The head of the company that owns the Woodhaven building that partially collapsed last year appeared in Queens Criminal Court last Friday and was ordered to immediately hire an architect and file for a work permit for the corner structure at 78-19 Jamaica Ave.
George Kochabe, the head officer of 78-19 Jamaica LLC, appeared in court after a warrant was issued for his arrest. A judge told him he must retain the architect and file for the work permit before his next court date on April 10 — almost a year to the day after the collapse occurred.
The vacant building Kochabe owns partially collapsed on April 12, 2013. No one was injured, but the collapse rained bricks onto 79th Street, crushing a minivan and damaging the Woodhaven-Richmond Hill Volunteer Ambulance Corps building next door.
The city has slapped thousands of dollars in fines on Kochabe, but he has paid most of the fines.
However, an arrest warrant was issued for him over $60,000 that was not paid and for doing work without a permit. The warrant forced Kochabe into court, where the judge issued the decision last week.
The order comes as Woodhaven residents are increasingly frustrated at the lack of progress in demolishing or fixing the building that they are concerned continues to be a looming danger to pedestrians walking along busy Jamaica Avenue.
They now also worry the collapse may put the ambulance corps, whose headquarters has been rendered unusable by the incident, out of business.
The collapse forced the relocation of the Woodhaven Senior Center, which used the corps building. That also meant the financially strapped corps was no longer receiving rent money from Catholic Charities, which operates the senior center. Because of the lack of revenue, members of the corps fear they will not have the funds to continue operating.
The corps itself was able to operate out of a portion of the building for a while, but was evicted after a leak was discovered stemming from melting snow that had accumulated in a collapsed portion of the next-door building. Several sources said the FDNY warned the corps that its building may have suffered structural damage as a result, though the Buildings Department told the corps owners that there was no risk to the building.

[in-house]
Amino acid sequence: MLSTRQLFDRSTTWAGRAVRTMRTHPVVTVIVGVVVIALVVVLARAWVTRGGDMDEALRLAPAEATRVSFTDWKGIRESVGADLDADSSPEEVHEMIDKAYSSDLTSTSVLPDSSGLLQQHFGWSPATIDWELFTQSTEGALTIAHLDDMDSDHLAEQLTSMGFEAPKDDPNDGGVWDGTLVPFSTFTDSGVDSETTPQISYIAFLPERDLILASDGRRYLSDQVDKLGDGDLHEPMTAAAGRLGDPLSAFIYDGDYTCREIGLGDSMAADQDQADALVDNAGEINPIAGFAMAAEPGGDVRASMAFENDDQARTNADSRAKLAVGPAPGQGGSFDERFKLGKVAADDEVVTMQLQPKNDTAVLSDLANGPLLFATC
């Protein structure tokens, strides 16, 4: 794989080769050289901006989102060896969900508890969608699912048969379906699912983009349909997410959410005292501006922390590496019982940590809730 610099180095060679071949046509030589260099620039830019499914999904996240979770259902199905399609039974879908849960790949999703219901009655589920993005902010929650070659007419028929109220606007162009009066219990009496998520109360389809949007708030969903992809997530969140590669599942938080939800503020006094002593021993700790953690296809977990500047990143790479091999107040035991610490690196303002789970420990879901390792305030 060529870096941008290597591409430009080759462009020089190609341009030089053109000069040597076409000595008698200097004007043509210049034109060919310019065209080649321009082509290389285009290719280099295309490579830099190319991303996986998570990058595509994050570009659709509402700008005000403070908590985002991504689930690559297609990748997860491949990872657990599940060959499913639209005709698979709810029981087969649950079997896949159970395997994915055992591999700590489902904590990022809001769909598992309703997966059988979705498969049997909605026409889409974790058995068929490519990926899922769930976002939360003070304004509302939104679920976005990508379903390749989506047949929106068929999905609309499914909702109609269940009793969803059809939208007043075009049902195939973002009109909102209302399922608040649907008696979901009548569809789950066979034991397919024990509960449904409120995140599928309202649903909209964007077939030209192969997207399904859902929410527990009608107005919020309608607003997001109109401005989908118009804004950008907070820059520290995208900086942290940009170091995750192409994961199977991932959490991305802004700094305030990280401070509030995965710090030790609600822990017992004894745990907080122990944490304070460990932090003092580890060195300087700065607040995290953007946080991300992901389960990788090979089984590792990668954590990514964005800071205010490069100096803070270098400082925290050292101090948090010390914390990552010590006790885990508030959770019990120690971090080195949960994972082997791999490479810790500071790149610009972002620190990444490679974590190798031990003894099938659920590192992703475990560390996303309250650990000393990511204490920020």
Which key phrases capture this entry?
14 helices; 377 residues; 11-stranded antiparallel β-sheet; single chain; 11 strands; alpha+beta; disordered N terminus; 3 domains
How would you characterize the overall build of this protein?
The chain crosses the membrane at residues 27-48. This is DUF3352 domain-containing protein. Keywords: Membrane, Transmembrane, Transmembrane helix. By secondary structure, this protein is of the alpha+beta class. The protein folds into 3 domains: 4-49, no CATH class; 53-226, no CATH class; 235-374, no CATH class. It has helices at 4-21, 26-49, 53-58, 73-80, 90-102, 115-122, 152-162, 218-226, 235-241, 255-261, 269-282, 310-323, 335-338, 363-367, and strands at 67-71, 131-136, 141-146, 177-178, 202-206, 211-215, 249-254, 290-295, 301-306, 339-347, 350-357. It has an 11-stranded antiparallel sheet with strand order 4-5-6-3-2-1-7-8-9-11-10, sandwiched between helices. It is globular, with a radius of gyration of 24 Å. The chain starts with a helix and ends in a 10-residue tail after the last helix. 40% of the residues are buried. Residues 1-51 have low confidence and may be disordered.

The ambulance corps cannot use the building at all now and is effectively not in operation. A sign on the door says it is closed and Kathy Sexton Dalby, president of the corps, said she didn’t feel safe inside the building.
Woodhaven residents and civic leaders rallied outside of the collapsed building on Sunday afternoon, demanding the city move immediately to tear it down or have it repaired.
“It is shameful that this problem has stretched on for as long as it has. It’s time for the city to resolve this once and for all,” Martin Colberg, president of the Woodhaven Residents’ Block Association, said in a statement. “Not only does the current situation put us all at risk — every pedestrian who passes by, every car that drives by — but it might also kill the ambulance corps, which would be a terribly unfair outcome. The city must take action now.”
Colberg’s predecessor, Ed Wendell, said he isn’t sure the ambulance corps could survive several more months even if Kochabe is forced to make repairs to the building. The April 10 deadline set by the judge is only for paperwork to be filed. Actual repairs or demolition could take many more months, perhaps years.
“April 10 is another five or six weeks away,” he said. “They may not last that long.”
In the meantime, Kochabe is also facing two civil suits.
One is from a contractor hired by him to fix the building before the April 12 incident. A construction worker alleged that he was injured internally and externally and rendered disabled by the collapse, though the FDNY had stated were was no injuries.
The volunteer ambulance corps also filed a civil case against 78-19 Jamaica Avenue LLC for $8 million in damages.